Whole Genome Sequencing and the food industry

8 November 2016  •  Author(s): Greg Jones, Senior Research Officer, Microbiology, Campden BRI

Whole Genome Sequencing (WGS) has the potential to render other forms of microbiological identification obsolete. It is more accurate than a serotype, more discriminatory than a pulsed-field gel electrophoresis assay and it can prove relationships between strains with higher resolution than ever before. This is the method which has been adopted by regulatory agencies such as Public Health England and the Food and Drug Administration in the USA. Food companies are starting to become more aware of this area and wish to have a constructive dialogue with government agencies, however there can be a lack of knowledge regarding the technology and the potential uses of it in an industrial setting.


The technique has become more prevalent in the last five years due to rapid advances in sequencing technology that have led to dramatic falls in cost per sequence. It is now possible to sequence genomes on a routine basis for a few hundred pounds each. Regardless of the technique used, the generation of huge amounts of sequence data has become entirely unremarkable. When a genome is sequenced, the initial output is hundreds of thousands of short sequences. Each of these sequences is a few hundred bases long and represents a tiny fragment of the total genome. The next challenge is to assemble these reads by comparing them to each other and ordering them according to their overlapping ends. This process is analogous to reconstructing an ancient document from fragments of parchment.

Figure 1: A small portion of a genome assembled from raw sequence reads. Each of the small black bars represents one sequence approximately 500 bases long.

Figure 1: A small portion of a genome assembled from raw sequence reads. Each of the small black bars represents one sequence approximately 500 bases long.


The workflow to assemble a genome is straightforward:

  1. Obtain an isolate via culture-based methods.
  2. Extract the DNA.
  3. Prepare the DNA for sequencing (“Library Preparation”).
  4. Run the sequencer.
  5. Assemble the short raw reads into longer sequences using software.

The next step is to give it some meaning by comparing it to other sequences. The comparison is reliant on the number of other genomes against which your submitted sequence is compared. The analysis gets larger as more genomes are added in to the comparison. Comparing whole genomes against databases of other whole genomes is currently performed by the FDA in the USA using their ‘Genome Trakr’ service. This service relies on the vast storage and computing power available to them from the National Centre for Biotechnology Information (NCBI). This is a resource available to anybody, and a genome submitted for analysis will be placed into context via comparison against other sequences. The output is a phylogenetic tree similar to the one shown in Figure 2.


Figure 2: Output from Genome Trakr

In the example above, the genome labelled as an ‘Environment/Food’ sample is highlighted in red, and is shown to cluster very closely with a set of isolates designated as ‘Clinical’.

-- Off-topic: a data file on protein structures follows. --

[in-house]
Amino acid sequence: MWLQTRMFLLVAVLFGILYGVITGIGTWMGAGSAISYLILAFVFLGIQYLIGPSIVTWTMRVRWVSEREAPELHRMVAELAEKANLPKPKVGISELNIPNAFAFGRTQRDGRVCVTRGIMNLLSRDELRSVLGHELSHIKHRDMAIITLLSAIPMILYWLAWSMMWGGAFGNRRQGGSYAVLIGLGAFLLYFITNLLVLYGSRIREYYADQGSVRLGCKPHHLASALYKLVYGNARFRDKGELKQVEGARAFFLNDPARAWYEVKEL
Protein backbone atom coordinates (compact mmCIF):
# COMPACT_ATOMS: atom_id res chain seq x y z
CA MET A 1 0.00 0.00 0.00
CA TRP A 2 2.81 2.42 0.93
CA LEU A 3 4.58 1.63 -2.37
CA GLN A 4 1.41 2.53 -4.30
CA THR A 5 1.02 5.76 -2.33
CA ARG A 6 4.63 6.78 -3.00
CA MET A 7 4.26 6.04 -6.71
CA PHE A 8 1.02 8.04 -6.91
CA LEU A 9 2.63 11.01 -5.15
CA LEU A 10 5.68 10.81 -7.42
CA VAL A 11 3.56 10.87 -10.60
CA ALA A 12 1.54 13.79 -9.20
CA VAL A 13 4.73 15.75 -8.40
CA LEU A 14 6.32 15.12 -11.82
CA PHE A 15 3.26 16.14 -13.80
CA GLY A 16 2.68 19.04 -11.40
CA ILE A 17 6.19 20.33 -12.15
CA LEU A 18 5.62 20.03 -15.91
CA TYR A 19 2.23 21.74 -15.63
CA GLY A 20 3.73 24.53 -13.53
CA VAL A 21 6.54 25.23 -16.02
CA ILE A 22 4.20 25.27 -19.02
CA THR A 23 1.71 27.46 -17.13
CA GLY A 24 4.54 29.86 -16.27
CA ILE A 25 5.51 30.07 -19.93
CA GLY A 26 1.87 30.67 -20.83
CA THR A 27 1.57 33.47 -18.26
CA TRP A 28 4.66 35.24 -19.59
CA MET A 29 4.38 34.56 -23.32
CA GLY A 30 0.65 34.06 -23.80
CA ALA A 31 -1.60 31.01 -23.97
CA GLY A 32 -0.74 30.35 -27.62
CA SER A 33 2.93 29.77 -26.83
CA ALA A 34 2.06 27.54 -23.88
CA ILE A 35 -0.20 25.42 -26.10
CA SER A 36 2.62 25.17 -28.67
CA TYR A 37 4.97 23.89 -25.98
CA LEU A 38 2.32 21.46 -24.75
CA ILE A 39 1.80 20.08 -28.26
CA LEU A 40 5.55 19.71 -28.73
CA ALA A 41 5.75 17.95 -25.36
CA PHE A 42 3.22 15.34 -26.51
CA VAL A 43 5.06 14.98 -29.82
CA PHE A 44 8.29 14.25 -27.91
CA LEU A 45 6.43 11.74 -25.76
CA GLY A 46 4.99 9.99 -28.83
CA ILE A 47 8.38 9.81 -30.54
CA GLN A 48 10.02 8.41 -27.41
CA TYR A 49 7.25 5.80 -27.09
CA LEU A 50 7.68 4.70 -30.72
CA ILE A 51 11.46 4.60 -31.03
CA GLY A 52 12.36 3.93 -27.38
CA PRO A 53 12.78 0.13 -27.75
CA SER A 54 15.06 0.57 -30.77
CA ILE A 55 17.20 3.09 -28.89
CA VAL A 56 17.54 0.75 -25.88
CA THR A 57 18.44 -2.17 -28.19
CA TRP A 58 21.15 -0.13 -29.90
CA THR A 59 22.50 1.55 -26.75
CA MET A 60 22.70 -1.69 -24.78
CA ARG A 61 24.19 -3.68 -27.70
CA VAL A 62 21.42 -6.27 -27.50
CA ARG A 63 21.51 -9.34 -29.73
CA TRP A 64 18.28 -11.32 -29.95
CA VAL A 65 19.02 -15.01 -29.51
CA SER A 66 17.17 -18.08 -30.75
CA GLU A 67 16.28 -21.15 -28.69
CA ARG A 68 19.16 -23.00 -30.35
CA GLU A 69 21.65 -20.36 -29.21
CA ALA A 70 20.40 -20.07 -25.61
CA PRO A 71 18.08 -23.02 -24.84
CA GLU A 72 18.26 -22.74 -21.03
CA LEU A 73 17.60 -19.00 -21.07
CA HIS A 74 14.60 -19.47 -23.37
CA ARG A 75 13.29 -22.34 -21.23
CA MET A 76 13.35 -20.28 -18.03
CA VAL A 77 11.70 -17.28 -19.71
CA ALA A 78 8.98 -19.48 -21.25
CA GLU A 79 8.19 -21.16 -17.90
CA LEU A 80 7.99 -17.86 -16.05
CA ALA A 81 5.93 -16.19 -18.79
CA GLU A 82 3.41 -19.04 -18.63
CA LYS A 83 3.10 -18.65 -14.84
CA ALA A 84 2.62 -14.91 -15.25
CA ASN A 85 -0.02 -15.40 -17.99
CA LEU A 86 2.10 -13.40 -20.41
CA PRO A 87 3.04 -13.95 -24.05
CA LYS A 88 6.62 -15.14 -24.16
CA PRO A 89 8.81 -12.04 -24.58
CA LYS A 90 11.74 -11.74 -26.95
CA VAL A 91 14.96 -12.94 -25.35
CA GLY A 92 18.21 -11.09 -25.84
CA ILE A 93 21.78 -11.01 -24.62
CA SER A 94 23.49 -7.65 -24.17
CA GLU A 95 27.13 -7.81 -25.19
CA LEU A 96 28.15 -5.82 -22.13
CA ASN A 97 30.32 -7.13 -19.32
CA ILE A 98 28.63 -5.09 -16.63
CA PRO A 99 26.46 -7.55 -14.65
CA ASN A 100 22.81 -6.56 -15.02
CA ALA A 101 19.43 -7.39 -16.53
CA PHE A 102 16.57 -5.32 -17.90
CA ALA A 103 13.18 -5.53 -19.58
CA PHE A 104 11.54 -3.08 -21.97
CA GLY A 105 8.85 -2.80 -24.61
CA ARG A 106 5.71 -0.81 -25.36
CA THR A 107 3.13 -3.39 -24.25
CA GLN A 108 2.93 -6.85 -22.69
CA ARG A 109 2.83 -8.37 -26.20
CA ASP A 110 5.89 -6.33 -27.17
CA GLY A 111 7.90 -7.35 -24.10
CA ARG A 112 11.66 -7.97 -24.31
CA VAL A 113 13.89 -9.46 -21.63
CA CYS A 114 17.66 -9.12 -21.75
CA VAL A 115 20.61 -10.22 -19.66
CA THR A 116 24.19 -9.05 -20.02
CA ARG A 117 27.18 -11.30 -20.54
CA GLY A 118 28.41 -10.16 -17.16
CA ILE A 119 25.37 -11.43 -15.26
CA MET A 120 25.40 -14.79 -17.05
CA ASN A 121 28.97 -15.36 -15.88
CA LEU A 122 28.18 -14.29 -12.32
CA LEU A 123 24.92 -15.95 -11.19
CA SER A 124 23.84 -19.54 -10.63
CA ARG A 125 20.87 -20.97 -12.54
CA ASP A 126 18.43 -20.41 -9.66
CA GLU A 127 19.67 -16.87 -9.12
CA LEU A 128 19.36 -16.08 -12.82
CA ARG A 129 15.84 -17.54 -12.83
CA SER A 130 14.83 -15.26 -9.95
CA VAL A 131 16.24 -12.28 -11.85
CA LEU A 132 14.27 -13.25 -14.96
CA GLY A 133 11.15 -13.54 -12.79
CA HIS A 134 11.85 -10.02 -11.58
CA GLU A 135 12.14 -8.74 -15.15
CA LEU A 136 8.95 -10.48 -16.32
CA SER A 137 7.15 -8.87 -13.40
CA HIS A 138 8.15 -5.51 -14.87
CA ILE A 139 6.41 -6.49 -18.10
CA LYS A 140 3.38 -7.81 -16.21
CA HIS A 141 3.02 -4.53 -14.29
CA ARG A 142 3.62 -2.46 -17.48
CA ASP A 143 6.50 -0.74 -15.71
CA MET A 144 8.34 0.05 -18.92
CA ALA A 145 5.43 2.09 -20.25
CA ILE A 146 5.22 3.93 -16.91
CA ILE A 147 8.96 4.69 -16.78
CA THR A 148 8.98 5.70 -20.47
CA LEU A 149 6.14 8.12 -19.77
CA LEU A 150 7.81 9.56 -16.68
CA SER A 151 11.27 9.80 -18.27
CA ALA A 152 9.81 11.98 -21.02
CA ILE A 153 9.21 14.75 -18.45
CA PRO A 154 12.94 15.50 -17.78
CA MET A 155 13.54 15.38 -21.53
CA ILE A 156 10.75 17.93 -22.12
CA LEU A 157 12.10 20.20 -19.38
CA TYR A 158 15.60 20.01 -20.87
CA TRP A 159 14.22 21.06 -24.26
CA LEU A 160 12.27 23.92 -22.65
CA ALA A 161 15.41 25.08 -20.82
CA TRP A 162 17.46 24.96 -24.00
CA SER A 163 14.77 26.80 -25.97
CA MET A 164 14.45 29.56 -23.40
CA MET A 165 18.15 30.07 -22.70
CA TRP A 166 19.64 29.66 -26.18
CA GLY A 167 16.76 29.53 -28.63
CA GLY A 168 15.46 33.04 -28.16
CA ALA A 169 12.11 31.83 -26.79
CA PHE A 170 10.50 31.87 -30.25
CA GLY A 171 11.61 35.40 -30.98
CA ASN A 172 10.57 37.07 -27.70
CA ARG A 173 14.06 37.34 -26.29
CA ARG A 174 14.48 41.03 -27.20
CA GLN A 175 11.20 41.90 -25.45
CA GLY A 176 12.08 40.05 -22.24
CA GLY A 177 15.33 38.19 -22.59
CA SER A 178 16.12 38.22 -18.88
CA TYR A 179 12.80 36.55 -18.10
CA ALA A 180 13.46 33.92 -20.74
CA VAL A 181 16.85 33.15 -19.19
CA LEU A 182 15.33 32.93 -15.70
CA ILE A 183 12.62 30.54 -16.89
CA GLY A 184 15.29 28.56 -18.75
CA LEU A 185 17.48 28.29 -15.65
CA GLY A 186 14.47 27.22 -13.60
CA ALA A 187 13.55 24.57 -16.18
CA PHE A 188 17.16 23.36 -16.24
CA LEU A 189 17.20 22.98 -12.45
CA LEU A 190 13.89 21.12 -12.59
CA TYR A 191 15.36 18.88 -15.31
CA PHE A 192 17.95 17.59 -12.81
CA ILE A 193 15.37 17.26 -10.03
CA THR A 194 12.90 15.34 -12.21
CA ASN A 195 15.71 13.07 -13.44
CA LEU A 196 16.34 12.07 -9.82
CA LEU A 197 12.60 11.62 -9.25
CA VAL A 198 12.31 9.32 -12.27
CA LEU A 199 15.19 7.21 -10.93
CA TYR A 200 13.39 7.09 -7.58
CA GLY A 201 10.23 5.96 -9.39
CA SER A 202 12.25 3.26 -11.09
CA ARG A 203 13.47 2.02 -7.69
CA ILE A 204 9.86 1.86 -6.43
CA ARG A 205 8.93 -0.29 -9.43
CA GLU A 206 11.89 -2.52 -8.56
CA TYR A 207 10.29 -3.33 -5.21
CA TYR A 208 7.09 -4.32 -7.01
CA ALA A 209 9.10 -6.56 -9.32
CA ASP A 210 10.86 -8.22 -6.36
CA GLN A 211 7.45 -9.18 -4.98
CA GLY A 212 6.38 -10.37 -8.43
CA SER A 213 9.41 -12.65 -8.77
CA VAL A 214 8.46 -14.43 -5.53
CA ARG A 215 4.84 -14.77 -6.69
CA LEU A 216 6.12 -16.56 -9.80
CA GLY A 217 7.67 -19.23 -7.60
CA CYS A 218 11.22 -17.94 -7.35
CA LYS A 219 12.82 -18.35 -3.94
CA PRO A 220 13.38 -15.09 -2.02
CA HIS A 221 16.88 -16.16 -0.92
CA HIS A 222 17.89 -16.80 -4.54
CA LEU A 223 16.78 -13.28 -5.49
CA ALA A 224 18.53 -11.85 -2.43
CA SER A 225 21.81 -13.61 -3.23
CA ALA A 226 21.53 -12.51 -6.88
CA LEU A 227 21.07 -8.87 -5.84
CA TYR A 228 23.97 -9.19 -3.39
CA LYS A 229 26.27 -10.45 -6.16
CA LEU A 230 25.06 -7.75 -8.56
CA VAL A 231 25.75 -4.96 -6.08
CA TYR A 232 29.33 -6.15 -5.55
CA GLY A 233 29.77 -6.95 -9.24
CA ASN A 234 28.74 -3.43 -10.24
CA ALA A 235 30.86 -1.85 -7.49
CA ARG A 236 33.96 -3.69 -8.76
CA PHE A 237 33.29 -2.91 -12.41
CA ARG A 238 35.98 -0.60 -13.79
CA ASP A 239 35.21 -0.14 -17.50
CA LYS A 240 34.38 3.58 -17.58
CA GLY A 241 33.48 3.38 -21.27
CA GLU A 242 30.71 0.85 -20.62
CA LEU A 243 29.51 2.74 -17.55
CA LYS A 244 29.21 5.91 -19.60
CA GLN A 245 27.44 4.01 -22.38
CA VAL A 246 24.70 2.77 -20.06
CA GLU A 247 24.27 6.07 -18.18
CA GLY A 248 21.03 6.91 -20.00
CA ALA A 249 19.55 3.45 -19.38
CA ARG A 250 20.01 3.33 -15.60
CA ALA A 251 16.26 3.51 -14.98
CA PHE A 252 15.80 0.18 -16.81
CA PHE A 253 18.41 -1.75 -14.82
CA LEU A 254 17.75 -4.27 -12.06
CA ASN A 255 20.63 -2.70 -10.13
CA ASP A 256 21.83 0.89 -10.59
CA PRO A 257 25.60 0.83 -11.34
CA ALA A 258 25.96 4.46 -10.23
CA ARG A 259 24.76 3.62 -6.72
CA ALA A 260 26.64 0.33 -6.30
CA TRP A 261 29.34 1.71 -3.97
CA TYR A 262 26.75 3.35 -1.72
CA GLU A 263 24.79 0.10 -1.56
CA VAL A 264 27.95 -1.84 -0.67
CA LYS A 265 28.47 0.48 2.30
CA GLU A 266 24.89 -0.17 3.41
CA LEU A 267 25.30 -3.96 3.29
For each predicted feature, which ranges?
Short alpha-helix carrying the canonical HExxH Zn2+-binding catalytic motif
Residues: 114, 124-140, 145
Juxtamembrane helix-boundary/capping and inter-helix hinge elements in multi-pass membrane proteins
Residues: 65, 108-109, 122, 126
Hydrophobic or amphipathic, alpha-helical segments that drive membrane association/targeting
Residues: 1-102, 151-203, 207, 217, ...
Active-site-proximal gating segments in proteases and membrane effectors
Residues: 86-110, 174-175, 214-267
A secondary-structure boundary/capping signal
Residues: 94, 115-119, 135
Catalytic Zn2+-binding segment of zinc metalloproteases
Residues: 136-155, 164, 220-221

The necessary use of a public database for this analysis has led to concern from some in the food industry who fear that doing the right thing and submitting sequences will reflect badly on them in the event their sequence is shown to be related to an outbreak. Despite assurances from the FDA in a recent meeting, US industry representatives still had some concerns that samples submitted with accompanying descriptions of its source that could ultimately be traced back to the company of origin are so sensitive that in-house legal advice is to not submit at all. The mood in the UK is similar, with companies approaching this method with a degree of caution.

Is this caution warranted?

A similar tool for tracing outbreaks exists in the form of PulseNet, based on DNA fingerprinting technology. What is new for WGS is the finer level of discrimination. As this information is available to anyone, the submitting company will be alerted to any clinical link at the same time as the regulator, allowing earlier action to be taken. Submitters’ names are not made publicly available, but could be held by the regulator. Industry is therefore more likely to submit sequences if their describing metadata can be made anonymous. Earlier notification of a link to an outbreak is in everyone’s best interest, and it will be in the submitter’s interest to be removed from the investigative focus if the submitted sequence does not match clinical data. Despite these clear advantages, there is still the worry that a current isolate can be linked to outbreaks that occurred at any time, and that a current outbreak could be linked to an isolate submitted at any time. If the food industry is to use this technique and work constructively with the regulators, these issues need to be addressed and binding assurances given by the regulator that the industry’s desire to protect public health through the use of WGS will not result in an increased probability of prosecution should an unfounded link be made.

Campden BRI is actively working with industry and regulators to advise and help reach a mutually beneficial result. If you would like to explore Whole Genome Sequencing in more depth, please get in touch.

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